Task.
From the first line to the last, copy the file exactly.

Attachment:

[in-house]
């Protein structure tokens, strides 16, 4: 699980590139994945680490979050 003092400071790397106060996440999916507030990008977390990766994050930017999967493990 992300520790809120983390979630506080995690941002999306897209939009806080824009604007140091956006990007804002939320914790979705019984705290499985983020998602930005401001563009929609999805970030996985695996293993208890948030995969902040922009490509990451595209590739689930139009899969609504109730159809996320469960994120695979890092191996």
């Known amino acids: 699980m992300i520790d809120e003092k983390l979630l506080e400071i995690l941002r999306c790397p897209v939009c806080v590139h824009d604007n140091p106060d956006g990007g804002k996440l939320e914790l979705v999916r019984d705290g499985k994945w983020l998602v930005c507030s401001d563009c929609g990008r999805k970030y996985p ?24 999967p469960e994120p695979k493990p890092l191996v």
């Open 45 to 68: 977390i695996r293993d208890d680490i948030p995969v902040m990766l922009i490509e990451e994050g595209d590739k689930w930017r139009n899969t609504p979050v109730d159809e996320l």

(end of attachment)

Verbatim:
[in-house]
């Protein structure tokens, strides 16, 4: 699980590139994945680490979050 003092400071790397106060996440999916507030990008977390990766994050930017999967493990 992300520790809120983390979630506080995690941002999306897209939009806080824009604007140091956006990007804002939320914790979705019984705290499985983020998602930005401001563009929609999805970030996985695996293993208890948030995969902040922009490509990451595209590739689930139009899969609504109730159809996320469960994120695979890092191996």
């Known amino acids: 699980m992300i520790d809120e003092k983390l979630l506080e400071i995690l941002r999306c790397p897209v939009c806080v590139h824009d604007n140091p106060d956006g990007g804002k996440l939320e914790l979705v999916r019984d705290g499985k994945w983020l998602v930005c507030s401001d563009c929609g990008r999805k970030y996985p ?24 999967p469960e994120p695979k493990p890092l191996v």
């Open 45 to 68: 977390i695996r293993d208890d680490i948030p995969v902040m990766l922009i490509e990451e994050g595209d590739k689930w930017r139009n899969t609504p979050v109730d159809e996320l």